In the tenth grade I traveled with my high school band to march in the National Lion's Club Parade. On our bus trip home, we stopped in New Orleans for an entire day. In a few short hours, I toured the mezmerizing above-ground cemetaries of New Orleans, walked up, down and through the beautiful decadence of Bourbon Street, saw my first live naked lady dance on a cocktail table-top at 10 o'clock in the morning, and ate my first and only mouth-watering muffalata sandwich. I have not seen one, smelled one, or tasted one since that day in New Orleans.
Until last night.
We were invited by a dear friend to a birthday dinner to celebrate her mother's birthday. June, the birthday girl, is a wonderful sweet lady and friend. We couldn't wait to see her, help celebrate her birthday, and enjoy a great evening with her surrounded by wonderful food. I knew dinner was going to be centered around New Orleans type food, so I prepared stuffed jalapeno poppers wrapped in maple cajun bacon as a little nosh before dinner. I figured jalapeno anything would pair nicly with Big Easy food.
We arrived and greeted our fellow dinner guests. I plopped the jalapeno amuse bouche on the table and went into the kitchen to uncork the wine. Halfway through my decanting of the wine, our host told me that I was in charge of slicing the muffalata. I stopped and stared at the open oven door. Two foil-wrapped muffalata sandwiches were inside. It was so totally unexpected. I think I actually said to her, "You made muffalata?!". Who makes muffalata? I really don't know what I was expecting. Jambalaya? Blackened Redfish? Ettouffe'? I certainly was not expecting muffalata. I was deliriously happy and undone. It was such a delightful surprise. Wow. I Could actually taste it just by looking at the wrapped foil packages resting from their oven sauna.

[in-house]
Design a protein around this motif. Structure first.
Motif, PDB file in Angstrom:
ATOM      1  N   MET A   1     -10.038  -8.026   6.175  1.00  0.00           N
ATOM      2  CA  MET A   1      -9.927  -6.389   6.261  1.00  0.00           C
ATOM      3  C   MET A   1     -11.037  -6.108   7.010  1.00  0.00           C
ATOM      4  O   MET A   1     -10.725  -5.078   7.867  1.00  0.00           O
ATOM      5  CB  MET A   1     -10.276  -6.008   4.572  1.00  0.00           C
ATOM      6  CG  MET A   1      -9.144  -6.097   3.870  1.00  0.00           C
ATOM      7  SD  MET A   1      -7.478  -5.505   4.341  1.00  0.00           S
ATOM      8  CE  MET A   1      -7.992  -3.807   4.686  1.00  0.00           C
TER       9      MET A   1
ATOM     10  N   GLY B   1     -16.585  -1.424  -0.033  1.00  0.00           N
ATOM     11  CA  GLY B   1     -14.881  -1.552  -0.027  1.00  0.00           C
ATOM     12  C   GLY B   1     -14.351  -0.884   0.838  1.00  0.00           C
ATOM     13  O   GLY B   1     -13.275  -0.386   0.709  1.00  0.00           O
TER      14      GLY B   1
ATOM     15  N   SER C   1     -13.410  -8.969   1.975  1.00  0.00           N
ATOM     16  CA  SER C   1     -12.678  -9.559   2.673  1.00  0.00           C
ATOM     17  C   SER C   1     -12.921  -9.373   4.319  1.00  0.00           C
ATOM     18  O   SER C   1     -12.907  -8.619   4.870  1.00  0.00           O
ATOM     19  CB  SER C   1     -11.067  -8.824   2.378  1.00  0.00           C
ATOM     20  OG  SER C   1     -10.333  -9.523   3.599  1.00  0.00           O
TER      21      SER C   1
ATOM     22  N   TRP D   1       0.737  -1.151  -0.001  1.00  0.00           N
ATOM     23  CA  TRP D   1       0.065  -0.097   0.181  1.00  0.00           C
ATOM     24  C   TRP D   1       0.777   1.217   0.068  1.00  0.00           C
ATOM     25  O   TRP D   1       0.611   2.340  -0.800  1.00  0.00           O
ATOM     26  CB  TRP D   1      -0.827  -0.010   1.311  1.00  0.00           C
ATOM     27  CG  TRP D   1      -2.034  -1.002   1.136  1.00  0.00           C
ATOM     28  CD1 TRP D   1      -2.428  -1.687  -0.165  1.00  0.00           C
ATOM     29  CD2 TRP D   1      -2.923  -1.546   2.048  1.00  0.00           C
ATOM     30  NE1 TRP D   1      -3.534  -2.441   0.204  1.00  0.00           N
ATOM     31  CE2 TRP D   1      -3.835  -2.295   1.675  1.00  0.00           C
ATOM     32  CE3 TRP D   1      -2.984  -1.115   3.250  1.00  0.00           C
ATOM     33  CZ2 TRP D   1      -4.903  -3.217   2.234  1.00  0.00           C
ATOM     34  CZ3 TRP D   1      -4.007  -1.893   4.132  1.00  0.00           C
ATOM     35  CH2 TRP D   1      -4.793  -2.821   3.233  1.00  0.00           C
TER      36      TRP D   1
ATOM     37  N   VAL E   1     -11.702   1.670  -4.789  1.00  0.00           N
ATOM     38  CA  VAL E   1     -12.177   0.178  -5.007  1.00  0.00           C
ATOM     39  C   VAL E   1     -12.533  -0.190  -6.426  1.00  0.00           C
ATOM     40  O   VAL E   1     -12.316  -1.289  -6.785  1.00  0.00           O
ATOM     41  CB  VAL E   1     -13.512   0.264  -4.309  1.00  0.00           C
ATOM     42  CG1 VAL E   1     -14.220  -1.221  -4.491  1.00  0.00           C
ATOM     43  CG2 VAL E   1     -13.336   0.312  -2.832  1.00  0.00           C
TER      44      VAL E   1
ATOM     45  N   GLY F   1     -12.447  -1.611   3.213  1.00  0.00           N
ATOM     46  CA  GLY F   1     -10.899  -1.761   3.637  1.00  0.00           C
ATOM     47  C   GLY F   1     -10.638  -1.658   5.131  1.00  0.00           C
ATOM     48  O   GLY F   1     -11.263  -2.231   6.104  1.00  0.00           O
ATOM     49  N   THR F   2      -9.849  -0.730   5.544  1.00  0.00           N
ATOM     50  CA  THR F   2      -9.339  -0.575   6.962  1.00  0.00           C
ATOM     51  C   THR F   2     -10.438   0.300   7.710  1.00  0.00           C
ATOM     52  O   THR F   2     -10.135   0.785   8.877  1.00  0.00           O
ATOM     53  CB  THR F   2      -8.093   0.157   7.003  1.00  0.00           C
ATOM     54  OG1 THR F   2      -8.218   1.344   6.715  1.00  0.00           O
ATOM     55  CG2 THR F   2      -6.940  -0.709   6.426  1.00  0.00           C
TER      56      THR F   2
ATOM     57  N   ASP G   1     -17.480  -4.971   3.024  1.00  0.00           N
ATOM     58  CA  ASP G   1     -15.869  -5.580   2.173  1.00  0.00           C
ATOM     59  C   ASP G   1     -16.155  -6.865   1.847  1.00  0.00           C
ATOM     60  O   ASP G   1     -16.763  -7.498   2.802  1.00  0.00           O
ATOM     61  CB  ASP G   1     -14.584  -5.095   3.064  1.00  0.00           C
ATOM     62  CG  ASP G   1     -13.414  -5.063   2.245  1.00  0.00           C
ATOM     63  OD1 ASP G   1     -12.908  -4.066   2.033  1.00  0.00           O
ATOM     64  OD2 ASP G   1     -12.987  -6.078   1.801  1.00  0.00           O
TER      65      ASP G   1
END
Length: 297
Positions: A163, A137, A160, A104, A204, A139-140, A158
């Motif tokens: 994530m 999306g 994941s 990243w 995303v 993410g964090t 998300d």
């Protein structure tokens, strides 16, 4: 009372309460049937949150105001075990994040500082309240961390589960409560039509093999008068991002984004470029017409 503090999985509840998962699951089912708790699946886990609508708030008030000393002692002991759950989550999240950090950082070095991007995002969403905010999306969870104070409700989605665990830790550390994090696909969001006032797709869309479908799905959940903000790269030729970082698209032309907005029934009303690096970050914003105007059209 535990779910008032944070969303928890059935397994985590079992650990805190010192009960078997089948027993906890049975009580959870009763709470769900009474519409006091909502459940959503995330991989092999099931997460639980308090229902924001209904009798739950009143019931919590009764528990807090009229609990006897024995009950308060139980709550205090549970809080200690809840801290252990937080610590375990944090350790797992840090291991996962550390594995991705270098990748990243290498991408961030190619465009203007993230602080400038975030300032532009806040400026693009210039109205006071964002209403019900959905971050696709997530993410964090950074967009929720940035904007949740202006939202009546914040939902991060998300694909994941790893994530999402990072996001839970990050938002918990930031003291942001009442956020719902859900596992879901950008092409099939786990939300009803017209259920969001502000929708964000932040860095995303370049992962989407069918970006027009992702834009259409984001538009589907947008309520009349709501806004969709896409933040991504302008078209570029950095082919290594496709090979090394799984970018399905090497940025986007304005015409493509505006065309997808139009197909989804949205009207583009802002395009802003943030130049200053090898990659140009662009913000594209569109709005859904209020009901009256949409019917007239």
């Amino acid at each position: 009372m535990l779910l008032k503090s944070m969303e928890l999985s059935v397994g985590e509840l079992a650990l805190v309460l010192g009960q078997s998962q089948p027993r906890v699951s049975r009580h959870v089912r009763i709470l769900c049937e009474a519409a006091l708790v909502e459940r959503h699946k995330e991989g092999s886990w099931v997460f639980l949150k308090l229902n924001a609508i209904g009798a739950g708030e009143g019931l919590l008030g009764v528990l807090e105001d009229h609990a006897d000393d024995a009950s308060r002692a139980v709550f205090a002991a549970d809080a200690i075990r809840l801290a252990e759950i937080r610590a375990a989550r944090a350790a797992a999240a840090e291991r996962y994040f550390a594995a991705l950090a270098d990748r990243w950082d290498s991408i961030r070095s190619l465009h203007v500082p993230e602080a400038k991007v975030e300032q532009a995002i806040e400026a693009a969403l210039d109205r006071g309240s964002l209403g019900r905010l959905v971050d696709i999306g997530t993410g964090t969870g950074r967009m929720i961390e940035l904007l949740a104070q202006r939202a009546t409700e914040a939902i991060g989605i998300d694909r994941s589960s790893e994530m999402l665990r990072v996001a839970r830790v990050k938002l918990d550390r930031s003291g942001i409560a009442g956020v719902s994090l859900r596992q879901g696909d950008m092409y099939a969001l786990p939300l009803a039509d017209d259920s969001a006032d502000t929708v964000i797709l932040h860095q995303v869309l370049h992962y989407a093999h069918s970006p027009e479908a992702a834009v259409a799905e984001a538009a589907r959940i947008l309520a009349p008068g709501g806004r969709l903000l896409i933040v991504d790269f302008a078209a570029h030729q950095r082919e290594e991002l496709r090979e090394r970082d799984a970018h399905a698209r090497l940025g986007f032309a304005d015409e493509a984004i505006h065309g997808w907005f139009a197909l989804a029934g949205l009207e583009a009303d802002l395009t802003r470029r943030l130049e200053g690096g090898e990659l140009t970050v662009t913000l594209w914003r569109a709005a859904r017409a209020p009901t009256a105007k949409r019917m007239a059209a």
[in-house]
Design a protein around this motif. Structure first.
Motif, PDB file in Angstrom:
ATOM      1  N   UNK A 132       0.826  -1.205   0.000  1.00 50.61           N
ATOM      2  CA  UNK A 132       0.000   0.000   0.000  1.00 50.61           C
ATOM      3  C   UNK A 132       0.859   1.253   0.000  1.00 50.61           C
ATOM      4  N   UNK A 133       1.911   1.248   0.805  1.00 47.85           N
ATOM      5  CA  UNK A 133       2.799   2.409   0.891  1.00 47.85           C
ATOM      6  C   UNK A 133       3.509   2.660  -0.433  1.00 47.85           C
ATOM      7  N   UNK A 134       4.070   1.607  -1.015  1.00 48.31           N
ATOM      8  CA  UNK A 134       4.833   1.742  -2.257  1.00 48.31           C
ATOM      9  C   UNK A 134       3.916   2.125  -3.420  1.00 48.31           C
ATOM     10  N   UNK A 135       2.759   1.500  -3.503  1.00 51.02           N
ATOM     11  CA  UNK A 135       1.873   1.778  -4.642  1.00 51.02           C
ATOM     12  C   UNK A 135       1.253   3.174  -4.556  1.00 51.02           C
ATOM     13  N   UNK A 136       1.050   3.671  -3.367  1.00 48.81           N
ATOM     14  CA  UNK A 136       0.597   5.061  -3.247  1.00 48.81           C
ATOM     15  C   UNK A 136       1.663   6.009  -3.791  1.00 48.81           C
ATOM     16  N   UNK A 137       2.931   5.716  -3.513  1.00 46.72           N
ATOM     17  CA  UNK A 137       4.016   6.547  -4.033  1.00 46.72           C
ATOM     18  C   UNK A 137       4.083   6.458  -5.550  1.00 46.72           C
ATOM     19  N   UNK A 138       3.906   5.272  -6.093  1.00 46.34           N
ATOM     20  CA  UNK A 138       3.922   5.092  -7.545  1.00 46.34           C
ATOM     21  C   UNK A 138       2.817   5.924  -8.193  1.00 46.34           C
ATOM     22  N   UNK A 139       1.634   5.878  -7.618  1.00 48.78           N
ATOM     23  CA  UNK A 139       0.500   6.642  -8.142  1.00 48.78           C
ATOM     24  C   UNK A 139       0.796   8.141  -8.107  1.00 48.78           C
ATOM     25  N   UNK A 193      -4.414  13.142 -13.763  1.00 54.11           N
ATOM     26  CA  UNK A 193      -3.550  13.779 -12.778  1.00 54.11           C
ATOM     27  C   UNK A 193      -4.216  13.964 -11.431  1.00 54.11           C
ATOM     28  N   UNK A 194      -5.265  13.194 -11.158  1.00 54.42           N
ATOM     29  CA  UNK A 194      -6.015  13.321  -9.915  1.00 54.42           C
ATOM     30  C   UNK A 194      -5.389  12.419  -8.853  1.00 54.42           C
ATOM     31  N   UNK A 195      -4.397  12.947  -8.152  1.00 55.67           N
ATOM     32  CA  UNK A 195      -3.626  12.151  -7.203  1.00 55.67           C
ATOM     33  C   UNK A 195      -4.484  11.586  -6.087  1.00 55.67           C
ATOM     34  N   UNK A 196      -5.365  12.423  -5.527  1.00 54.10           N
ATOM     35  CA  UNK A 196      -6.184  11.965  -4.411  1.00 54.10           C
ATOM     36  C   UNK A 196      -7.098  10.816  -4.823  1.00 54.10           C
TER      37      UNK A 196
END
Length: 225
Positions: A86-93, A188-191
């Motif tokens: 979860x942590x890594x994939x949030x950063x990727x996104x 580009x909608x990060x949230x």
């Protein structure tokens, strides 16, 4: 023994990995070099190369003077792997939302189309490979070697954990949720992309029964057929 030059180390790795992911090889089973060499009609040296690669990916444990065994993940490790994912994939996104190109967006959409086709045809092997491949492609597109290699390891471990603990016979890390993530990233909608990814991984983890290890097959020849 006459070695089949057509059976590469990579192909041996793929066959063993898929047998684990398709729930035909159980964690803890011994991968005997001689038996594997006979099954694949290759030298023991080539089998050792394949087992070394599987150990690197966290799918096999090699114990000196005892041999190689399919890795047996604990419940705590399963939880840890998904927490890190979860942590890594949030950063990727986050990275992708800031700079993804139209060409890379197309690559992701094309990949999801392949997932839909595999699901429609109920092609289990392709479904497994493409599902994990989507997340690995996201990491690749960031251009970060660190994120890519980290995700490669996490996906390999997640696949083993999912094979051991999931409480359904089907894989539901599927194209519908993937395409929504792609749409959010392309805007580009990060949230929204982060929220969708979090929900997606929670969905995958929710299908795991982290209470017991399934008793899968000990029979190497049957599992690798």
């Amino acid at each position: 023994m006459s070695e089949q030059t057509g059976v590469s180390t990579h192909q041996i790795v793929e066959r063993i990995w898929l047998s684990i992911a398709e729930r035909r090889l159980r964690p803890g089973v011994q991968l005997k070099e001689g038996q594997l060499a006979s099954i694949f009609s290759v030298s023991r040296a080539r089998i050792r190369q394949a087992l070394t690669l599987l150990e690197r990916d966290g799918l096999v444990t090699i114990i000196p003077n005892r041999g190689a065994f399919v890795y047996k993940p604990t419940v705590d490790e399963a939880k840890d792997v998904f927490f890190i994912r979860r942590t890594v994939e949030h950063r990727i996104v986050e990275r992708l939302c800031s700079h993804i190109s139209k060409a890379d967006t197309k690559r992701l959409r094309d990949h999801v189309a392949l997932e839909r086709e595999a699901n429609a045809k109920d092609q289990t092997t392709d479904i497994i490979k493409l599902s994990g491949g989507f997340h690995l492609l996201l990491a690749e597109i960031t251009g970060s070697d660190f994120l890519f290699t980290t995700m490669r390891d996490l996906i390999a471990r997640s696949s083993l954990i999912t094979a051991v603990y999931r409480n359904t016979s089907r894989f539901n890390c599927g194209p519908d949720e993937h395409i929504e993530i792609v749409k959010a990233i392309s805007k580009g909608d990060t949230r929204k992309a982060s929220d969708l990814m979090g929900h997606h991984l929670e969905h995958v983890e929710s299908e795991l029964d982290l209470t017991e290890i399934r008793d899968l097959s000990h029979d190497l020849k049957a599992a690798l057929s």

While the accompanying red beans and rice were ladled into bowls, topped with sour cream, and served to the other diners, I carefully sliced through the layers of muffalata to create individual pie shaped sandwiches.
The crusty garlic bread was filled with chopped green olive salad, spicy Capcicola ham, Sopressata ham, salty Prosciutto de Parma, sweet Honey Bourbon ham, Genoa salami, Mozzarella,
chopped Giardiniera pickled vegetable relish, Basil oil, and Italian dressing. It was then pressed and baked.
It was spectacular. The crunchy bread crackled when bitten into, turning smooth and soft with the many warmed layers of meat, melted cheese, briny olive salad, and puckery spicy relish. It was perfect. Every ingredient, although packed to the gills, retained its flavor, texture, and mouthfeel. I loved the olive salad as it combined with the relish and dripped with the cheese. The salty sweet ham varieties complimented each other with balance, while the smooth-as-velvet red bean and rice were a great foil to the muffalata flavor assault. Butter soft. Creamy. Texture counterpoint.
On our second round of beans and rice, we all tossed bacon-wrapped jalapeno poppers into our bowls. Hello.
We finished dinner with a travel gift from June; port glasses of Sweet Walter Red Wine from Bully Hill Vineyards, Hammondsport, New York. It was a sweet dessert wine. Not cloyingly sweet. It tasted like port. Manischewitz, someone said as we toasted the birthday girl.
The laughter filled every crevice of the dining room. It was a warm and fun evening with delicious conversation and very tasty food.